Wednesday, 13 July 2011

Tree of Life

2011. Dir: Terrence Malick. Starring: Brad Pitt, Jessica Chastain, Sean Penn, Hunter McCracken and Laramie Eppler. ●●●●○ or ●●○○○ (possibly ●●●●● or ●●●○○, but definitely not ●○○○○)

I begin to write this review some 48 hours after having seen Terrence Malick's much anticipated The Tree of Life and as you can see from my blob rating time has done nothing but confuse my judgement. I constantly veer from profound admiration for magical leaps in cinematic art Malick presents to the measurable discomfort relating to his disregard of narrative and leaps of pretension. It is both absurd and beautiful, heartfelt and arrogant, divisive and all-encompassing, I love it and loathe it. In short it is like nothing else in cinemas and deserves to be given full attention, but I can't say I'll be rushing to watch it again.

It's film within a film within a history of the universe centres around the experiences of a typical suburban family in a middle America town in the 1950's, more especially the movie dissects how we are shaped and moulded by our parents, how are personalities are fought over by the twin influences of a nurturing mother and a volatile protective father, the characteristics of grace and nature, personified by Jassica Chastain and Brad Pitt. Not that the stereotypical design of the parents in anyway diminishes the essence of the performances or the point of the family set-up, but nevertheless the simplicity of the family unit and the broad roles assigned within must be acknowledged to appreciate the intent.

Choosing their way are the three pre-pubescent sons of our central couple, Hunter McCracken as the eldest Jack (played as an adult by Sean Penn), middle son R.L (Eppler) whose unexplained death in his early 20's is largely a catalyst for the torrent of memories and Tye Sheridan as the youngest Steve. Taking into account the childs eye view and the unreliability of memory the bulk of the movie, observing the film is stunning and instantly recognisable. As an audience we flit from seemingly disconnected scenes - Chastain chases a butterfly, Pitt practices on the church organ, the boys play chaotic and rough games, the family tersely sit down for dinner. However each of these moments is ideally crafted to reveal how the unit works and where the cracks that will ultimately define the boys adulthood begin.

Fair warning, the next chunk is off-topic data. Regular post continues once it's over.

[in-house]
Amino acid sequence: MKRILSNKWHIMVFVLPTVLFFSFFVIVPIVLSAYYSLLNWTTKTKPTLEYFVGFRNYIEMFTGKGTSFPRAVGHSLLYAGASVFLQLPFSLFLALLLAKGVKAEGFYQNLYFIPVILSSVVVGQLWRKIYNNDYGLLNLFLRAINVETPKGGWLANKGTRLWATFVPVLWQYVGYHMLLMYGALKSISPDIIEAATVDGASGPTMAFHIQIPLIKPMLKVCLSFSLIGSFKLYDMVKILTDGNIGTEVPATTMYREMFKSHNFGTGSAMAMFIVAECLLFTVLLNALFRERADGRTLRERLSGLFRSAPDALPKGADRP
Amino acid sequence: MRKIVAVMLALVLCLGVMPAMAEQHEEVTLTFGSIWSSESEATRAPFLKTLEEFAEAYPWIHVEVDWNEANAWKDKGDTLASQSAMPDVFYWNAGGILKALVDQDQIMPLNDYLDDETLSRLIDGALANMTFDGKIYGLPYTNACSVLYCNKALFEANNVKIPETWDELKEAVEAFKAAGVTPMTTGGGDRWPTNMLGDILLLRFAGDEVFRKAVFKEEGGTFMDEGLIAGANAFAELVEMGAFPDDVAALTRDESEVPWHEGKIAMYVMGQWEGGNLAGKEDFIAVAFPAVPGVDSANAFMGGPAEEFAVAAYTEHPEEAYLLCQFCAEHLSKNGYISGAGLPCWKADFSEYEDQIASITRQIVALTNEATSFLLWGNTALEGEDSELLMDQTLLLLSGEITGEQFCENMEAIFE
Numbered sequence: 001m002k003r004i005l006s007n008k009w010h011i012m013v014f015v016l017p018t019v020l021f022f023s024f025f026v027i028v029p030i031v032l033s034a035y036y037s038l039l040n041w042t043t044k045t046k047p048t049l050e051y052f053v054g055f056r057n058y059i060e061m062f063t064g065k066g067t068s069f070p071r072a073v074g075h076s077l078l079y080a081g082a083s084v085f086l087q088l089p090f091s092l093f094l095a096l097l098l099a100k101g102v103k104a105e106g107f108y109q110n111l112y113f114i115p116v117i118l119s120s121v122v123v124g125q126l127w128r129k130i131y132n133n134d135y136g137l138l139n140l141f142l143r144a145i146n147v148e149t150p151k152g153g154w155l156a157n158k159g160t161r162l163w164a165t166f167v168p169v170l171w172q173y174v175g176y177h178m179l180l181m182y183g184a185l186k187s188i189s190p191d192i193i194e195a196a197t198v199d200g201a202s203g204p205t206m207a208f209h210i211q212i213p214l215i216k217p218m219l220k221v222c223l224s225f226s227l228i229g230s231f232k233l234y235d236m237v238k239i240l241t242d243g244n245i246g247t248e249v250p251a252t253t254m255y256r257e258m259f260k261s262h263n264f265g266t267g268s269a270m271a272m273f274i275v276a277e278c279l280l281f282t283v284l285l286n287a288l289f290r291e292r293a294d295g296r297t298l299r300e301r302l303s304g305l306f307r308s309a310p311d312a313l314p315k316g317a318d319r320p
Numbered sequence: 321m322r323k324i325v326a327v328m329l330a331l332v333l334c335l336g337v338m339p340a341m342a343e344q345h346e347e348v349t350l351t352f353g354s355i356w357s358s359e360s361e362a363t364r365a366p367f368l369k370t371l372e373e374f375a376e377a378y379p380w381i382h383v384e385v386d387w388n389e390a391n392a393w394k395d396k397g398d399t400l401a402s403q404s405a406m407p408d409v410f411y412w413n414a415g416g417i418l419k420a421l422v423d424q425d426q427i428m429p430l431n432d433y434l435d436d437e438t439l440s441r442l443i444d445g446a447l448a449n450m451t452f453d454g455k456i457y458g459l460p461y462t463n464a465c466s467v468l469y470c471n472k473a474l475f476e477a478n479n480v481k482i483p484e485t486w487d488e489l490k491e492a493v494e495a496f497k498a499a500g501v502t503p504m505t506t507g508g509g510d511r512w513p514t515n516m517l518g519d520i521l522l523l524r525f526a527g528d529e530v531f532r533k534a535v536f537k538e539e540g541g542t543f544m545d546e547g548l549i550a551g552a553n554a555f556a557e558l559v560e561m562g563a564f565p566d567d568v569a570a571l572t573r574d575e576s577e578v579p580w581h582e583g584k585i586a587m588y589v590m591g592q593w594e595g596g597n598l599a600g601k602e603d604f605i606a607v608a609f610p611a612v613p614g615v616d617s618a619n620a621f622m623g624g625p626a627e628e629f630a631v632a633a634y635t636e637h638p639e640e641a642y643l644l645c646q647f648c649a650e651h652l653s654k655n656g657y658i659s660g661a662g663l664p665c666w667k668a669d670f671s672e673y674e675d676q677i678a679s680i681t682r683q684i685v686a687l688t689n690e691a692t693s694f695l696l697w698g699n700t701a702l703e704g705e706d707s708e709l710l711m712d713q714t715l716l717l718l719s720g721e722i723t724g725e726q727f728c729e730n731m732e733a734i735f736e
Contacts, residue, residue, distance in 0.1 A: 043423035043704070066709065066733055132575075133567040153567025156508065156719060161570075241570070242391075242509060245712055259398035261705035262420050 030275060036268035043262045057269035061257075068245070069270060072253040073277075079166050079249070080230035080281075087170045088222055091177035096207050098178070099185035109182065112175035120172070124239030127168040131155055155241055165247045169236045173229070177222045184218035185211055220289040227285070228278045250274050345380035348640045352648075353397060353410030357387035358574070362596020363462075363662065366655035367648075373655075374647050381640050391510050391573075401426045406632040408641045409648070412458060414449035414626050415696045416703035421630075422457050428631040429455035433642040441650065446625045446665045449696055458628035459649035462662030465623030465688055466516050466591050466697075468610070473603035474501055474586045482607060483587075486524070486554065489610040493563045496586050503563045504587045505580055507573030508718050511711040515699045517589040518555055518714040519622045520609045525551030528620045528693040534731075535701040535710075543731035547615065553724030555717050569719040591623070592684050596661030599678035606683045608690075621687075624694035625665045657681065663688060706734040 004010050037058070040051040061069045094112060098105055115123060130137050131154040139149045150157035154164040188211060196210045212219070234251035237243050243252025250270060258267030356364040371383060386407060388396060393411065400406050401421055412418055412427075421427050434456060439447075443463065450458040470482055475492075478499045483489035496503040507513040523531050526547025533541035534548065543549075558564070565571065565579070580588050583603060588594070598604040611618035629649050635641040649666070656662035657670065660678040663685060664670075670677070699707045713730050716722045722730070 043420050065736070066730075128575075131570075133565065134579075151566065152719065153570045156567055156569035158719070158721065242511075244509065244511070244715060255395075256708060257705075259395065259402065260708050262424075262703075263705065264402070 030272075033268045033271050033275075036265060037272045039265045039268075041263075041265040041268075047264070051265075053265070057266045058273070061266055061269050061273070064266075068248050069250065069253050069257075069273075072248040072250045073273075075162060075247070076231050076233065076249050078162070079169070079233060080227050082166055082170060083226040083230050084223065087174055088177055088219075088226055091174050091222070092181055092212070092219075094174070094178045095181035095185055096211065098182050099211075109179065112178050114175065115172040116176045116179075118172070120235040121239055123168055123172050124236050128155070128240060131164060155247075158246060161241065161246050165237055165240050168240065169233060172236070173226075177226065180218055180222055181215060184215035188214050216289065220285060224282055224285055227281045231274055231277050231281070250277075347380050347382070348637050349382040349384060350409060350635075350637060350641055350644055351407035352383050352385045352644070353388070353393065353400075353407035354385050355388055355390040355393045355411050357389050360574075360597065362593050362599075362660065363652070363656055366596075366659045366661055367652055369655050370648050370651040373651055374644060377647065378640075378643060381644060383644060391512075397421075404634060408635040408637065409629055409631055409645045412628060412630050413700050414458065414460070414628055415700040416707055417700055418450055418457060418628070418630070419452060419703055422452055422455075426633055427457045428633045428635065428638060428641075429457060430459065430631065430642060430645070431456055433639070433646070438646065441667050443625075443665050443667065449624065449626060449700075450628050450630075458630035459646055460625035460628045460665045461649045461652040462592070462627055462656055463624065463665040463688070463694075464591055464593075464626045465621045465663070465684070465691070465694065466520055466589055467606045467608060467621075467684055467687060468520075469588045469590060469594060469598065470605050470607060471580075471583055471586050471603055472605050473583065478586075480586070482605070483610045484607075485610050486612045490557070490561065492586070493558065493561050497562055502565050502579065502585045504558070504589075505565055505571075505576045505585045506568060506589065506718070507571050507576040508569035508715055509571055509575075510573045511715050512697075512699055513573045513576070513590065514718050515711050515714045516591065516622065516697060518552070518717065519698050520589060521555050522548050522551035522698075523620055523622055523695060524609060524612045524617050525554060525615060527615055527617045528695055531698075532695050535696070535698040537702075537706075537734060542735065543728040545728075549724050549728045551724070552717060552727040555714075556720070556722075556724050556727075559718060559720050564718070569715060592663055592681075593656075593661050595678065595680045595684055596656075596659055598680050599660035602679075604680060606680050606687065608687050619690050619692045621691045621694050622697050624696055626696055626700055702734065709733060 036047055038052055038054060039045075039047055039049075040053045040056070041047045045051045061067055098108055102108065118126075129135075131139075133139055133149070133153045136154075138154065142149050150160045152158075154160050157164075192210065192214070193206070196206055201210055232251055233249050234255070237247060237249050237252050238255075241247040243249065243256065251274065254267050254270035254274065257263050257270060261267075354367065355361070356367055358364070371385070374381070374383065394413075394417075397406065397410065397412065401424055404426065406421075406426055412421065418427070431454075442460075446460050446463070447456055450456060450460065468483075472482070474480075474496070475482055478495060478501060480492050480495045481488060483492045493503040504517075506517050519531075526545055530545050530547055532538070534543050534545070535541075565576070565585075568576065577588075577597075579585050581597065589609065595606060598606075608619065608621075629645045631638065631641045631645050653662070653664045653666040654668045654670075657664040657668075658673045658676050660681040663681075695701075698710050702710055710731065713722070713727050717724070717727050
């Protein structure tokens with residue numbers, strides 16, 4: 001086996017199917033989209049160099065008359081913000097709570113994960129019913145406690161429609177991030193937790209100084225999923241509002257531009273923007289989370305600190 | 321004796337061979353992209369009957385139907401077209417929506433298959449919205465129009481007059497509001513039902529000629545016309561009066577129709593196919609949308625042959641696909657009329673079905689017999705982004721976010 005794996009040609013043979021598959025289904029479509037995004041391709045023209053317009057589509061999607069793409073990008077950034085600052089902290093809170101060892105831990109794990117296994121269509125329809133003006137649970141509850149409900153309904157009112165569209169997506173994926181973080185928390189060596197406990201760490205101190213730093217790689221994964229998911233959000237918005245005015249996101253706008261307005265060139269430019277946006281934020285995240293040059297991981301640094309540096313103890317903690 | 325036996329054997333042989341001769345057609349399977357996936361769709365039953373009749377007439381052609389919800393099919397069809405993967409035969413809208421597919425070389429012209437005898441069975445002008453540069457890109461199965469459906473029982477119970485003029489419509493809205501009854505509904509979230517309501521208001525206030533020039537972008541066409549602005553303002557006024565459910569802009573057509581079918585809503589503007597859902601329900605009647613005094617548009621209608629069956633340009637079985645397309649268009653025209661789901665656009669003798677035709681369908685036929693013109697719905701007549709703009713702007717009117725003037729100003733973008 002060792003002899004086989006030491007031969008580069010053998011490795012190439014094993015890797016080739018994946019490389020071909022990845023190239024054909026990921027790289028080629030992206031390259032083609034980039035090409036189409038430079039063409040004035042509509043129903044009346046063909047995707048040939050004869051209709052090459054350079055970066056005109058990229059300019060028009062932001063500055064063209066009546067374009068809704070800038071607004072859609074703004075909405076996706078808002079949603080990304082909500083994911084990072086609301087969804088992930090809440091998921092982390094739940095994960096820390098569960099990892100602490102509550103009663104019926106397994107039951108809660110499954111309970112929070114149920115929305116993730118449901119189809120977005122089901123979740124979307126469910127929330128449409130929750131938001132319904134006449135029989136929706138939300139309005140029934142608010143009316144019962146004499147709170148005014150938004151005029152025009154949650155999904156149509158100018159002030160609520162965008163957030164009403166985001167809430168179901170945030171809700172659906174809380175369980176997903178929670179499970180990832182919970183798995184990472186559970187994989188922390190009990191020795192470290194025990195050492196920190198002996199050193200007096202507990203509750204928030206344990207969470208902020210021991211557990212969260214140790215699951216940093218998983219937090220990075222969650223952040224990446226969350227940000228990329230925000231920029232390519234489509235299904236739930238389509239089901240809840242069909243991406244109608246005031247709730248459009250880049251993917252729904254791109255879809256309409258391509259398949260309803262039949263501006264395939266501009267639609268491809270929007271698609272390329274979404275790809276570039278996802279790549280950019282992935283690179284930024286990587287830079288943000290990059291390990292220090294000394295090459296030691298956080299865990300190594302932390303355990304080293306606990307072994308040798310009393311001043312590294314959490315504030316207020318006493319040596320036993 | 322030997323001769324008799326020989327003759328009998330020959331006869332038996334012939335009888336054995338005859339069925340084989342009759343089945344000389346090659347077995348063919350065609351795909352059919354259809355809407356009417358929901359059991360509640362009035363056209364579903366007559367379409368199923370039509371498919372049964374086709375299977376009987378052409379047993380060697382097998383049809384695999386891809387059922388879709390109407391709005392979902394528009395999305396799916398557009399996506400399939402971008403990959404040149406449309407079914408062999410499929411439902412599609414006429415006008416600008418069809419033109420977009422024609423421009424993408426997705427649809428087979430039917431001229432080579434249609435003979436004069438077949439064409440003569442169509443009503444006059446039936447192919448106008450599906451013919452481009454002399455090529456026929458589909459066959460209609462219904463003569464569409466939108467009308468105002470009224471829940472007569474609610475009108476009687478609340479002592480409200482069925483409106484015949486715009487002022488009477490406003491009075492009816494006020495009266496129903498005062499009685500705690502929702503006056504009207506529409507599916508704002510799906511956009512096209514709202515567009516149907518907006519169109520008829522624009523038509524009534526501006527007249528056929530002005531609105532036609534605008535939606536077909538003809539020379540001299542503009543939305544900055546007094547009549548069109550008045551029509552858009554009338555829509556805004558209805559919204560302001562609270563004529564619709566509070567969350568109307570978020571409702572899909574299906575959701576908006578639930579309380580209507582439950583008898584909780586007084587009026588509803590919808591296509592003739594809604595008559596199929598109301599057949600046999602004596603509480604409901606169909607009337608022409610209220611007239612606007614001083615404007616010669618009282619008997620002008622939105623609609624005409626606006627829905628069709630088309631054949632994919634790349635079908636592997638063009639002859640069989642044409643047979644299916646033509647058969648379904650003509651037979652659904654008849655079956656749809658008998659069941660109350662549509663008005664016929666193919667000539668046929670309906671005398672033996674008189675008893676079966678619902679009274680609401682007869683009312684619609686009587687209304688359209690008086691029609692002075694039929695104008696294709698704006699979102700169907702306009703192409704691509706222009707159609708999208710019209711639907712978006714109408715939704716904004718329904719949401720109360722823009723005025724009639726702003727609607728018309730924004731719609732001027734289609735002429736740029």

If the film had only been this portion of the movie then I would have liked the whole a lot better, the universality of the themes and the high-calibre work from everyone involved is emotionally fulfilling and intellectually satisfying. Pitt does his best work I've ever seen and in McCracken we have the makings of a superb character actor, a boy who's glowering and intensity will serve him well.

Outside of this though the staggering levels of self-indulgence and waffle are extraordinary, Sean Penn mopes around his scenes inarticulate and sporting a look of confusion and pain that are reminiscent of constipation than a profound recognition of the wonders of life. In the final act we are treated to a glimpse of the afterlife (maybe, who knows) as Penn wanders around a beach collecting his family from the random extras from the rest of the film in an indeterminably overlong sequence or reconciliation. As for the creation of the Earth and the development of life, whilst it's all very pretty and Douglas Trumball's special effects work is fascinating, it comes across as largely self-serving. Does not the excellent cinematography by Emmanuel Lubezki exhibit the place of this family in nature without the point being hammered home? Doesn't Chastain crying out to God for taking her child mean enough without outlining how little we seem to figure into His plans? Isn't the excellent classical, Judeo-Christian soundtrack and repeated references to the story of Job enough to illustrate God's hand in our fate?

I am left with so many questions, so much in the film is about the feel or texture of the emotions, so much is designed to open doors to philosophical concepts and not box us into pat answers. What did I think overall, would I recommend the film? These questions are irrelevant. I experienced Tree of Life, I think people should experience Tree of Life, some sections were superb, others awful. I honestly don't know whether it's good or whether I enjoyed it. Maybe one day I'll be able to come to a conclusion, maybe not.


TomS said...

Brilliant review Ben.. I think you really "got" it, criticisms and all. It intends to reach a viewer in multiple ways, and so we are left without the usual criteria to judge a film's success. To me it is like a piece of music. And come to think of it, it only seems more self-indulgent than the parade of summer blosckbusters because it has made us think differently, and about different things, than most movies...and we expect a serious film to be less simple. I hope you and i can watch it together some day, have a pint and solve the mysteries of the universe!!

Alex in Movieland said...

You sure aren't the only one having issues with the Sean Penn part. I have no idea when I'm gonna see it, in a theatre or not. at least it seems to be an interesting experience.

Runs Like A Gay said...


You've hit the nail on the heading comparing it to music, the film feels like an experience that washes over you and absorbs you, quite unlike anything I've ever seen.

I agree that I need to see it again with someone else to immediately discuss the themes, so maybe one day we'll have to catch up with it together.


Whatever I think of it, even once I've decided what I think of it, I can't underline how this movie must be seen in a proper cinema with surround sound and low level lighting (and no way of getting distracted by emptying the washing machine or traffic in the street).